Will Finn has written two blog entrys (here and here) about what he sees as the deterioration in Chuck Jones' drawing ability towards the end of his life. What's below is a piece I wrote in March of 1995 for Apatoons, looking at the latter part of Jones' career as a director.
My favorite animated shorts director is Chuck Jones. I'm saying that up front, so what follows doesn't seem like Jones bashing.
I'm glad that Jones is getting the attention he deserves from the press and public and I'm glad for Jones that he's been able to stay active. However, there's something pitiful about Jones' planned projects, sequels to some of his best and most popular films like Duck Amuck and One Froggy Evening.
It's now more than 30 years since Jones worked regularly on the Warner characters. In that time, he's become an independent producer, the vice president of ABC, directed one original feature, one compilation feature and numerous TV specials, done a comic strip, a children's book and entered the original animation art market. In his personal life, he has suffered the death of his first wife, remarried, and lost many of his collaborators and contemporaries in the animation business. He has persevered through skin cancer, a pacemaker, and hip and ankle replacements. This is a lot to have experienced. Is any of it reflected in his work? I don't believe it is.
This isn't to say that Jones is completely responsible for the gulf between his life and art. The animation business is frankly retarded in the area of artistic growth. But I always hoped that Jones, one of the most intellectual directors in animation, would find a way to keep his art vital. Instead, his art is now 30 years behind his life.
It's as if the Marx Brothers reassembled in 1960 to make Another Night at the Opera or Bob Hope today making Grandson of Paleface. How about Paul, George and Ringo re-uniting to record "I Want to Hold Your Other Hand?"
Some artists create themselves continuously. They change with the times and continue to say something meaningful. Duke Ellington, Charlie Chaplin, John Huston, Jack Kirby, and Will Eisner are examples. The late work by these artists, while perhaps not their most popular, is often their most deeply felt.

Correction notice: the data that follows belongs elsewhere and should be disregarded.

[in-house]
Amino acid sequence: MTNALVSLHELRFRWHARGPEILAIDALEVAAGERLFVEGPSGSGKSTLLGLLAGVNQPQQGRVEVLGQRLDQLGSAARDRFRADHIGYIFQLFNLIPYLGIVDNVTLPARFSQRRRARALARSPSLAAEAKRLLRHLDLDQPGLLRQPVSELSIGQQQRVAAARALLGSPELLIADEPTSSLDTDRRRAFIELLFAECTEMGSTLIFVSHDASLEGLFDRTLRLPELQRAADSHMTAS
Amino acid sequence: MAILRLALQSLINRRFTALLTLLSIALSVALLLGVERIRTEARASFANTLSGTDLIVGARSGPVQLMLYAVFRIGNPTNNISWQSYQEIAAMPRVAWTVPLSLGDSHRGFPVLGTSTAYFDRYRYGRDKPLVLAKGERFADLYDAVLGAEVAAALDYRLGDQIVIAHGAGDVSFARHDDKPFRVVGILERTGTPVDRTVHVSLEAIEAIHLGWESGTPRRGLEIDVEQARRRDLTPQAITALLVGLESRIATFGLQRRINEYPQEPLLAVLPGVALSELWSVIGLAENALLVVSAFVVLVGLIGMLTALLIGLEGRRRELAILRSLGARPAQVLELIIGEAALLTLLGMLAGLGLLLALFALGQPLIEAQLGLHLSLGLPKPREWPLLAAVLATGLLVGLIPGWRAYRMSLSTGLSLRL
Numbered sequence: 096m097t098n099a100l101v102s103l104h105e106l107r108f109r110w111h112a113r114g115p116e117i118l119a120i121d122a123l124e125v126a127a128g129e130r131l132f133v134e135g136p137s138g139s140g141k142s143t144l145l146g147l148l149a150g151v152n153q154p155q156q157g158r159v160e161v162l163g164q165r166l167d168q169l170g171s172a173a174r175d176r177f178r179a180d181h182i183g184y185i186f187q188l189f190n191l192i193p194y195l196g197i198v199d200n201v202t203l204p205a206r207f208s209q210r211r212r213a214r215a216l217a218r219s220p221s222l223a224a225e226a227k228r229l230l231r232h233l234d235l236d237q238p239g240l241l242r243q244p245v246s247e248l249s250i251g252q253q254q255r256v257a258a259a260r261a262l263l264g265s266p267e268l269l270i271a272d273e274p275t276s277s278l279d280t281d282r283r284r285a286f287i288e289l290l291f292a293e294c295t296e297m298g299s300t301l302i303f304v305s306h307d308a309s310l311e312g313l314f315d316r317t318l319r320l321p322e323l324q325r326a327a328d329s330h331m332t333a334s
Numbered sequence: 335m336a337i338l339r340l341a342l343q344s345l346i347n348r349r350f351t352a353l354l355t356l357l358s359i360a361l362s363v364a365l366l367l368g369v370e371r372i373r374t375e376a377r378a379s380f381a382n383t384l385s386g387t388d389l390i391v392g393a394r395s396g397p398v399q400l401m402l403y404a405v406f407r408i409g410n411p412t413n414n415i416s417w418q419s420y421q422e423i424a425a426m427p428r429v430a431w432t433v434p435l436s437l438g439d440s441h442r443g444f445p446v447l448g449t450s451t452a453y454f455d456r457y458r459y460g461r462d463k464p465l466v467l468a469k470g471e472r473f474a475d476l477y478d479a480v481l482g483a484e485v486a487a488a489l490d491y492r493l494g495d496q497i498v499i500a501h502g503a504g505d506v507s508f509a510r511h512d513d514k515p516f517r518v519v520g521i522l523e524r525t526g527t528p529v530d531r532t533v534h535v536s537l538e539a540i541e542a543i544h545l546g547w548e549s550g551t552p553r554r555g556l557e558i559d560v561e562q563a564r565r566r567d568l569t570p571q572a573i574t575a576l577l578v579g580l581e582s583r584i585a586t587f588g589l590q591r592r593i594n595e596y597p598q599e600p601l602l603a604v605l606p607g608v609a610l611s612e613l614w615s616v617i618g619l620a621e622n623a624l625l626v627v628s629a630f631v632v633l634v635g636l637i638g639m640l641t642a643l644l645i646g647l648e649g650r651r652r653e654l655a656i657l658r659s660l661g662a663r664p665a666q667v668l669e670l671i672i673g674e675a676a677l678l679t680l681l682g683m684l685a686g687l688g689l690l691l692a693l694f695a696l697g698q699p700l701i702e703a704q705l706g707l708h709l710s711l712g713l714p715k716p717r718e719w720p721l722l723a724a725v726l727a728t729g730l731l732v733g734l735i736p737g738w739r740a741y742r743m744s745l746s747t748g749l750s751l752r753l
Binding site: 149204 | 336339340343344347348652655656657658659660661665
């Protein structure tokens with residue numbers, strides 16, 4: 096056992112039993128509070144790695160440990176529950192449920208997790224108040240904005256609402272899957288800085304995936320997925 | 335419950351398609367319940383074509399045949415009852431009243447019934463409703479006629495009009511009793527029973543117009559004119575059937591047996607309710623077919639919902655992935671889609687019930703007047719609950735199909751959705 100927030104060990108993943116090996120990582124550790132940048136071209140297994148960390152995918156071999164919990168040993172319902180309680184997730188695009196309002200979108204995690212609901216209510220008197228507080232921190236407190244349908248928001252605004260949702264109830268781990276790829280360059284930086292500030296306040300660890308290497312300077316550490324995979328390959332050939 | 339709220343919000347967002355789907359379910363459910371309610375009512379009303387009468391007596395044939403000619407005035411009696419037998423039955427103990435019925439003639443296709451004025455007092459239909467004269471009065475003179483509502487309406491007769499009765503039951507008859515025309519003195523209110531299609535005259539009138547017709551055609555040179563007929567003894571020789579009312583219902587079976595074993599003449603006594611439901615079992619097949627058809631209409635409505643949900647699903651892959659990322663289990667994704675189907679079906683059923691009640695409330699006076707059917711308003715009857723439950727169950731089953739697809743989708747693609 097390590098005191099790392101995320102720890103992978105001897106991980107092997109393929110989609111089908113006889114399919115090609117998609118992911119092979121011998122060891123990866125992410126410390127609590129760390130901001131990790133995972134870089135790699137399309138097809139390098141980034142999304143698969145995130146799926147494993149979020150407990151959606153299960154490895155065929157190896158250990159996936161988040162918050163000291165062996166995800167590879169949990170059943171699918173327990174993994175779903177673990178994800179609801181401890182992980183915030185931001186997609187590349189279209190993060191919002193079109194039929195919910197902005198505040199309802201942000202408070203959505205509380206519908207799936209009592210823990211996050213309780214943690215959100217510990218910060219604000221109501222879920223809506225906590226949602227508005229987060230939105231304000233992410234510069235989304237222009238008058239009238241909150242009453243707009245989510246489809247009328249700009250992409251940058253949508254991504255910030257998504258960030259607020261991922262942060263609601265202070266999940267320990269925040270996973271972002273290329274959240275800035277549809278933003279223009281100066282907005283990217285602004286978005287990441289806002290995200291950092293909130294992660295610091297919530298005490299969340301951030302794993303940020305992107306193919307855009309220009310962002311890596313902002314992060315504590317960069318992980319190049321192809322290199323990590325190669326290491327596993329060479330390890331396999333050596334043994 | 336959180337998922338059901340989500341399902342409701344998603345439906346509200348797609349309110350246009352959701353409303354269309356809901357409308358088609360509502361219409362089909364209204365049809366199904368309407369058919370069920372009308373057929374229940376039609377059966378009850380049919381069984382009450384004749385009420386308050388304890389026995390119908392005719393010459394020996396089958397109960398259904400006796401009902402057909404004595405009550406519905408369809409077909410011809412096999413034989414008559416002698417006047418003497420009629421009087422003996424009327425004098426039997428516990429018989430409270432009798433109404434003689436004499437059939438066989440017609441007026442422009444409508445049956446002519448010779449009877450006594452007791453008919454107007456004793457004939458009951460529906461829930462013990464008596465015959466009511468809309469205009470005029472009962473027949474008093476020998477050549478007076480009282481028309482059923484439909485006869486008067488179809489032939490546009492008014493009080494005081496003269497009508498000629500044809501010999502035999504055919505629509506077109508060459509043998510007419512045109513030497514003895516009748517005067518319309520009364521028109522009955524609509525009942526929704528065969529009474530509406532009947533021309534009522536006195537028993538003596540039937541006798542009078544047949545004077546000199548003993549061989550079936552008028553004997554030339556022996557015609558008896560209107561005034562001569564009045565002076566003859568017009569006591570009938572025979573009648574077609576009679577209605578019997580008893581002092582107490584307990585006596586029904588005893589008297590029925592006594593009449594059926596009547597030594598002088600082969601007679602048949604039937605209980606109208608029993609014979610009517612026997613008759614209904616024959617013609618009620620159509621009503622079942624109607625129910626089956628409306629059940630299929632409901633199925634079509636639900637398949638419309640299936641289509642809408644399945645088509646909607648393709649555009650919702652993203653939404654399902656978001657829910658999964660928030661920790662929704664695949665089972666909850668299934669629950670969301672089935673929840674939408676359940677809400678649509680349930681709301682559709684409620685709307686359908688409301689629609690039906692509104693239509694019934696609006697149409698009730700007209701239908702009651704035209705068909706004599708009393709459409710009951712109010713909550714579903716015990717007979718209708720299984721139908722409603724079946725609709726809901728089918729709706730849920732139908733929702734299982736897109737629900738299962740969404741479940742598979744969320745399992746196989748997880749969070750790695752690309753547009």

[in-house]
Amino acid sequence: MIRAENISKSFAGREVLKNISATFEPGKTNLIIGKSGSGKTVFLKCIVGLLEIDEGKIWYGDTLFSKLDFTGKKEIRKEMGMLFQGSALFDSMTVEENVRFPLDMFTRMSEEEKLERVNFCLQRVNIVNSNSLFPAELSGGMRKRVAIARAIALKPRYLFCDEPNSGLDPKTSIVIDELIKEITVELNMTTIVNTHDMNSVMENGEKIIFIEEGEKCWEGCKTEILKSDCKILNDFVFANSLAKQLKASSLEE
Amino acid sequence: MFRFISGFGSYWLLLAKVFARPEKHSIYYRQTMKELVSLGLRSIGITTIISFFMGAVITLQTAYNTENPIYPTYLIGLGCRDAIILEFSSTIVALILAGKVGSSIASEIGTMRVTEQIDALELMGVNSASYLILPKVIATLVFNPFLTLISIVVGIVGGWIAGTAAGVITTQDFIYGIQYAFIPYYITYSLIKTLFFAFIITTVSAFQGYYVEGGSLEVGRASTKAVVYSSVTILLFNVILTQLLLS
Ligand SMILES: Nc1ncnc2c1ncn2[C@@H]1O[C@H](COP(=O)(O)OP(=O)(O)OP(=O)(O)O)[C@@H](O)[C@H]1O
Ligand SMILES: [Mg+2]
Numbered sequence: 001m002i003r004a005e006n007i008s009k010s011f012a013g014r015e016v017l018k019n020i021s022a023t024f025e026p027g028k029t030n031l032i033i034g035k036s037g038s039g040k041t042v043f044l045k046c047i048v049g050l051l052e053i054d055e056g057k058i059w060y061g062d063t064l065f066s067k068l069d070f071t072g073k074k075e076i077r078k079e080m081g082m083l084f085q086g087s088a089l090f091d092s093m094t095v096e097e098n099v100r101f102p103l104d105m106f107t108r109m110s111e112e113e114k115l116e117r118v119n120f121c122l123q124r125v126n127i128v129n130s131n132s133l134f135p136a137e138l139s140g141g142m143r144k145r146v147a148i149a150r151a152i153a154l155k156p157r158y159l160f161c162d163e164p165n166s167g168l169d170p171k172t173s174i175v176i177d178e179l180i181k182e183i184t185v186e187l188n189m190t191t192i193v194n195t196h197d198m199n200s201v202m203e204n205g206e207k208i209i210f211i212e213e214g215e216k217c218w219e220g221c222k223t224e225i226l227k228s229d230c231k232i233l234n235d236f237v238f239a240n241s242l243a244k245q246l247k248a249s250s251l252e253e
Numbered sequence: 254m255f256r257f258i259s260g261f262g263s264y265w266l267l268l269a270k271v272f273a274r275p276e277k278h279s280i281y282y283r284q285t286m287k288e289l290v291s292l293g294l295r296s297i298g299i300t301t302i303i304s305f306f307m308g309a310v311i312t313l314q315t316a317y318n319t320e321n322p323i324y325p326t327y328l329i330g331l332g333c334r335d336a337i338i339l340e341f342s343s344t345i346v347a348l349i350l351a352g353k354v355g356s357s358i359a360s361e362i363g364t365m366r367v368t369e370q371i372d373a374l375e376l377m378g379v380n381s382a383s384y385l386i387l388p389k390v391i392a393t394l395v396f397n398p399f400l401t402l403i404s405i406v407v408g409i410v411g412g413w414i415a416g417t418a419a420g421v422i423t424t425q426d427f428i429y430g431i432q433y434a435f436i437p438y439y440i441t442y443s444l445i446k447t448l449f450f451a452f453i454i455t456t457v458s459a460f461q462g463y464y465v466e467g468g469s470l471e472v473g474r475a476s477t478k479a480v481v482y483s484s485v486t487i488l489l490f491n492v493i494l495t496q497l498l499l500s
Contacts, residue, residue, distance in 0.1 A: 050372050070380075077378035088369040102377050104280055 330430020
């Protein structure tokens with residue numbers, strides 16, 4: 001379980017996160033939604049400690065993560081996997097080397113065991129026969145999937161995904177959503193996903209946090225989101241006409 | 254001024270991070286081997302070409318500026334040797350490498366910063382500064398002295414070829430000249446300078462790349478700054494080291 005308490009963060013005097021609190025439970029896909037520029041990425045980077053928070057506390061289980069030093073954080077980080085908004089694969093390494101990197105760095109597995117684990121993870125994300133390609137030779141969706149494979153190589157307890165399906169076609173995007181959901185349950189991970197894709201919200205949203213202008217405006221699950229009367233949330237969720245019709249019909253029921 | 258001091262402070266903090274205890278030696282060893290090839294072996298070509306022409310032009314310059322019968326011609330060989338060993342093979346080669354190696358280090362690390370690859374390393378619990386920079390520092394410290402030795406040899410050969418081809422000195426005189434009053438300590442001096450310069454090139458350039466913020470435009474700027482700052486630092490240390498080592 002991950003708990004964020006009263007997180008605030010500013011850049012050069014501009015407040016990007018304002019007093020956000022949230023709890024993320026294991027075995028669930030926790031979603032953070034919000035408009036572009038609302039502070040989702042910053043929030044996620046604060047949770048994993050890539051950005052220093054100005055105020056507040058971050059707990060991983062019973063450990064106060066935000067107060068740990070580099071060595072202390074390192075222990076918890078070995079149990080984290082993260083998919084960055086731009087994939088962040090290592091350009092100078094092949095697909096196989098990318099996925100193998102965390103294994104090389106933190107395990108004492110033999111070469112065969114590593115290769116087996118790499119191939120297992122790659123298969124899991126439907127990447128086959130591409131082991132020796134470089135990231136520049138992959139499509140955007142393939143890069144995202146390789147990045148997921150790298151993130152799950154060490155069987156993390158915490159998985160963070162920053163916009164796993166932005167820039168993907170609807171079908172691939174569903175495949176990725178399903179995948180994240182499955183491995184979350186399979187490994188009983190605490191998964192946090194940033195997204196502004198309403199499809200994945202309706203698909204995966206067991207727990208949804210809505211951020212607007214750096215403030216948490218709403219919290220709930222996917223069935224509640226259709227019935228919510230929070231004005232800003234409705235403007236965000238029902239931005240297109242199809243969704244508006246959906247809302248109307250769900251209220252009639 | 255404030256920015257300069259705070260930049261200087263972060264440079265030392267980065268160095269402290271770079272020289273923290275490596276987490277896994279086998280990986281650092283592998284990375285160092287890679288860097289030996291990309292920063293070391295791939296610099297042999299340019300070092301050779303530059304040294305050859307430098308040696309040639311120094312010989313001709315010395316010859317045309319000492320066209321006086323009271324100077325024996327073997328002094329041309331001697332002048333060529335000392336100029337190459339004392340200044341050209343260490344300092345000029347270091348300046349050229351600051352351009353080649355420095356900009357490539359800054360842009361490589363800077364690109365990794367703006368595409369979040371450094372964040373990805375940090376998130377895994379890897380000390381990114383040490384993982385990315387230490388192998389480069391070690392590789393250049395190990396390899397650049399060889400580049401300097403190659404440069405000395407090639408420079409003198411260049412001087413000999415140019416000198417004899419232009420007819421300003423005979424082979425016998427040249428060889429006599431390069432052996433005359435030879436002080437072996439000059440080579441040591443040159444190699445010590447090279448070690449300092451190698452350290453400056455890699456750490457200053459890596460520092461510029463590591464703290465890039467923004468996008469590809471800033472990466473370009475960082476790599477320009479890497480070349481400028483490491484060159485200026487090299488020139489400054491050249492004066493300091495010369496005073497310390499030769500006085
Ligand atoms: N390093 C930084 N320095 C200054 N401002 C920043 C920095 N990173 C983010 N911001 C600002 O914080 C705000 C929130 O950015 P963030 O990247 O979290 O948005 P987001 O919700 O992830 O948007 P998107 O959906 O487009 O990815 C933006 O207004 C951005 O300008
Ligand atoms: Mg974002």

By contrast, other artists create themselves only once, and when they enter decline they thrash around noisily, trying to recapture something they once did effortlessly. Preston Sturges and Frank Capra come to mind in this category.
Jones is also in this category and he resembles Capra in many ways. Both were dependent on key collaborators (Capra on writer Robert Riskin and cameraman Joe August; Jones on writer Mike Maltese and designer Maurice Noble). Without their collaborators, both directors usually failed to do their best work. Both fell back on earlier works at the end of their careers (Capra remaking some 1930's films in the '50's and '60's; Jones returning to the Warner characters) with the new works being inferior. Jones is now recycling his earlier work, and his sequel to Duck Dodgers does not bode well for whatever comes next.
Mike Barrier was there first (he always is) with his essay on Jones in Funnyworld #13. (Hey Mike, put that essay on your website!) He implied in the early '70's that Jones' career might end with a whimper. What do we have from Jones' last 30 years that can compare to his Warner work? The Dot and the Line, The Grinch and Riki Tiki Tavi are the only things that I would put in that category. Am I missing one or two? If so, the number is still agonizingly small.
I'm not implying that this is a failure on Jones' part. Creativity is mysterious, and the artist has to be in tune with the zeitgeist and the marketplace as well as himself. Preston Sturges and Frank Capra did their best but couldn't sustain their art. That does nothing to diminish their best films. No other American animation director has managed to succeed where Jones failed, but it looked to me like Jones had the best shot at deepening his work as he aged. His current path is a painful reminder of how little he's contributed in the last 30 years and that animation directors don't gain wisdom or expressiveness with age, they just peter out.